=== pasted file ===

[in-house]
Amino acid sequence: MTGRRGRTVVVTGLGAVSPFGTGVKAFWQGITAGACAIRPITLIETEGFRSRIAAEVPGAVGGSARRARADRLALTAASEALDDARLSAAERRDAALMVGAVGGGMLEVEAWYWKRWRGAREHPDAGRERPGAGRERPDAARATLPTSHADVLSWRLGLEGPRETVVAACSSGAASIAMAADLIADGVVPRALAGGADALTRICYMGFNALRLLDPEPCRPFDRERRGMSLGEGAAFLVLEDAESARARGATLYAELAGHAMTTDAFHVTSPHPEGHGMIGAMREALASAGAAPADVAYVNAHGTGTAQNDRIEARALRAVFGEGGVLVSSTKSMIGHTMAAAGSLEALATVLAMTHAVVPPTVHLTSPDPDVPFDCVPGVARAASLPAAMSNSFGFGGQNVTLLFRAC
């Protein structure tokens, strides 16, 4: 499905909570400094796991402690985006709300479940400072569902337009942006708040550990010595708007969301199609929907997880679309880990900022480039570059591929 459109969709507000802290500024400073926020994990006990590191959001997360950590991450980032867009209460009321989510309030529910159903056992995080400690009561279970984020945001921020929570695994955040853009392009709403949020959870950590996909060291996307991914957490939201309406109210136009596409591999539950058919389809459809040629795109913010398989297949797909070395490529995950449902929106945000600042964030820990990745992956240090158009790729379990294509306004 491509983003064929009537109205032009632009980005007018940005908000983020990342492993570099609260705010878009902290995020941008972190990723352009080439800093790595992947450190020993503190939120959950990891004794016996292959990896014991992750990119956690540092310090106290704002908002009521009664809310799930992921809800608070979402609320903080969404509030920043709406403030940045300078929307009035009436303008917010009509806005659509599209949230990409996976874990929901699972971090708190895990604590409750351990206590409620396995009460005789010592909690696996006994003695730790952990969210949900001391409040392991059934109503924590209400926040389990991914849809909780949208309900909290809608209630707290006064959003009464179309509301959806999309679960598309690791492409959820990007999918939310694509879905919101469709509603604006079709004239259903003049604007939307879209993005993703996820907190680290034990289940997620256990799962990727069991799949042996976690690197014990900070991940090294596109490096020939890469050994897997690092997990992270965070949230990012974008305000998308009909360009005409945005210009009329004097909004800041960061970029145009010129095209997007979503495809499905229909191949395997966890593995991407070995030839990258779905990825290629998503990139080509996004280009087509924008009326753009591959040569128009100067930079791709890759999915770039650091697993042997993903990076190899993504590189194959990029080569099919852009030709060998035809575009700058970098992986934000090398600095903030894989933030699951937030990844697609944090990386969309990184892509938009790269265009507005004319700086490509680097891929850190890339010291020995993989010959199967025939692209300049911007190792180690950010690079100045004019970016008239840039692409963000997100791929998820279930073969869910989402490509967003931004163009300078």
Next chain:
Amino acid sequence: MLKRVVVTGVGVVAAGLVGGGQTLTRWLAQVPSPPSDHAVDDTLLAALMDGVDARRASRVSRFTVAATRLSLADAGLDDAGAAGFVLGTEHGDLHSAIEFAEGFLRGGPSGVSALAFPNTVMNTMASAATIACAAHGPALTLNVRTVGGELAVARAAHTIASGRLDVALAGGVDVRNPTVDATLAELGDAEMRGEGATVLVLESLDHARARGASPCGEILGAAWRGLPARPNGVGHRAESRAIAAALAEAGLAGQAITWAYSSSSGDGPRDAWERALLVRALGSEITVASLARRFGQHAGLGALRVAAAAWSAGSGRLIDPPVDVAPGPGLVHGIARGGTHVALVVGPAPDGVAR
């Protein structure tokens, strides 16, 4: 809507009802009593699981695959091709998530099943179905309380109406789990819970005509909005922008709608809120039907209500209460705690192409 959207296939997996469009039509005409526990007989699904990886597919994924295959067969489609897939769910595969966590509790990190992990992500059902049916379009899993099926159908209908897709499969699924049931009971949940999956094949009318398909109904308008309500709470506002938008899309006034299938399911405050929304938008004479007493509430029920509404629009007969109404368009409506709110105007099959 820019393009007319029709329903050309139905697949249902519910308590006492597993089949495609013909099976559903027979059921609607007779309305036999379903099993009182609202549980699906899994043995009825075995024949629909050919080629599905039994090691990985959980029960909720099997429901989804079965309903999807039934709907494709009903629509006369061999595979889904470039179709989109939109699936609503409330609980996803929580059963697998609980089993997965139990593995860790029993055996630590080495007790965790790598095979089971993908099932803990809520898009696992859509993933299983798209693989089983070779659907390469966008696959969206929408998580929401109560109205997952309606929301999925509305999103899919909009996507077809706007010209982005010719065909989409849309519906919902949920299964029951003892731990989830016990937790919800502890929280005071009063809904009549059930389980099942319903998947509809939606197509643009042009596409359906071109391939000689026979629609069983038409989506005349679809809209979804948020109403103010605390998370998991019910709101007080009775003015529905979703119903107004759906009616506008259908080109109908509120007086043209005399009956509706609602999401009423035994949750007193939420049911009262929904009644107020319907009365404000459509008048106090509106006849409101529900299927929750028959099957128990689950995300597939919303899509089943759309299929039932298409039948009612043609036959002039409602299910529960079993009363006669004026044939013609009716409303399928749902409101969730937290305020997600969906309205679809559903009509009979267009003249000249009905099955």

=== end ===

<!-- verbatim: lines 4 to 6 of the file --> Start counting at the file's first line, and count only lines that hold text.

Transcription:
Next chain:
Amino acid sequence: MLKRVVVTGVGVVAAGLVGGGQTLTRWLAQVPSPPSDHAVDDTLLAALMDGVDARRASRVSRFTVAATRLSLADAGLDDAGAAGFVLGTEHGDLHSAIEFAEGFLRGGPSGVSALAFPNTVMNTMASAATIACAAHGPALTLNVRTVGGELAVARAAHTIASGRLDVALAGGVDVRNPTVDATLAELGDAEMRGEGATVLVLESLDHARARGASPCGEILGAAWRGLPARPNGVGHRAESRAIAAALAEAGLAGQAITWAYSSSSGDGPRDAWERALLVRALGSEITVASLARRFGQHAGLGALRVAAAAWSAGSGRLIDPPVDVAPGPGLVHGIARGGTHVALVVGPAPDGVAR
């Protein structure tokens, strides 16, 4: 809507009802009593699981695959091709998530099943179905309380109406789990819970005509909005922008709608809120039907209500209460705690192409 959207296939997996469009039509005409526990007989699904990886597919994924295959067969489609897939769910595969966590509790990190992990992500059902049916379009899993099926159908209908897709499969699924049931009971949940999956094949009318398909109904308008309500709470506002938008899309006034299938399911405050929304938008004479007493509430029920509404629009007969109404368009409506709110105007099959 820019393009007319029709329903050309139905697949249902519910308590006492597993089949495609013909099976559903027979059921609607007779309305036999379903099993009182609202549980699906899994043995009825075995024949629909050919080629599905039994090691990985959980029960909720099997429901989804079965309903999807039934709907494709009903629509006369061999595979889904470039179709989109939109699936609503409330609980996803929580059963697998609980089993997965139990593995860790029993055996630590080495007790965790790598095979089971993908099932803990809520898009696992859509993933299983798209693989089983070779659907390469966008696959969206929408998580929401109560109205997952309606929301999925509305999103899919909009996507077809706007010209982005010719065909989409849309519906919902949920299964029951003892731990989830016990937790919800502890929280005071009063809904009549059930389980099942319903998947509809939606197509643009042009596409359906071109391939000689026979629609069983038409989506005349679809809209979804948020109403103010605390998370998991019910709101007080009775003015529905979703119903107004759906009616506008259908080109109908509120007086043209005399009956509706609602999401009423035994949750007193939420049911009262929904009644107020319907009365404000459509008048106090509106006849409101529900299927929750028959099957128990689950995300597939919303899509089943759309299929039932298409039948009612043609036959002039409602299910529960079993009363006669004026044939013609009716409303399928749902409101969730937290305020997600969906309205679809559903009509009979267009003249000249009905099955």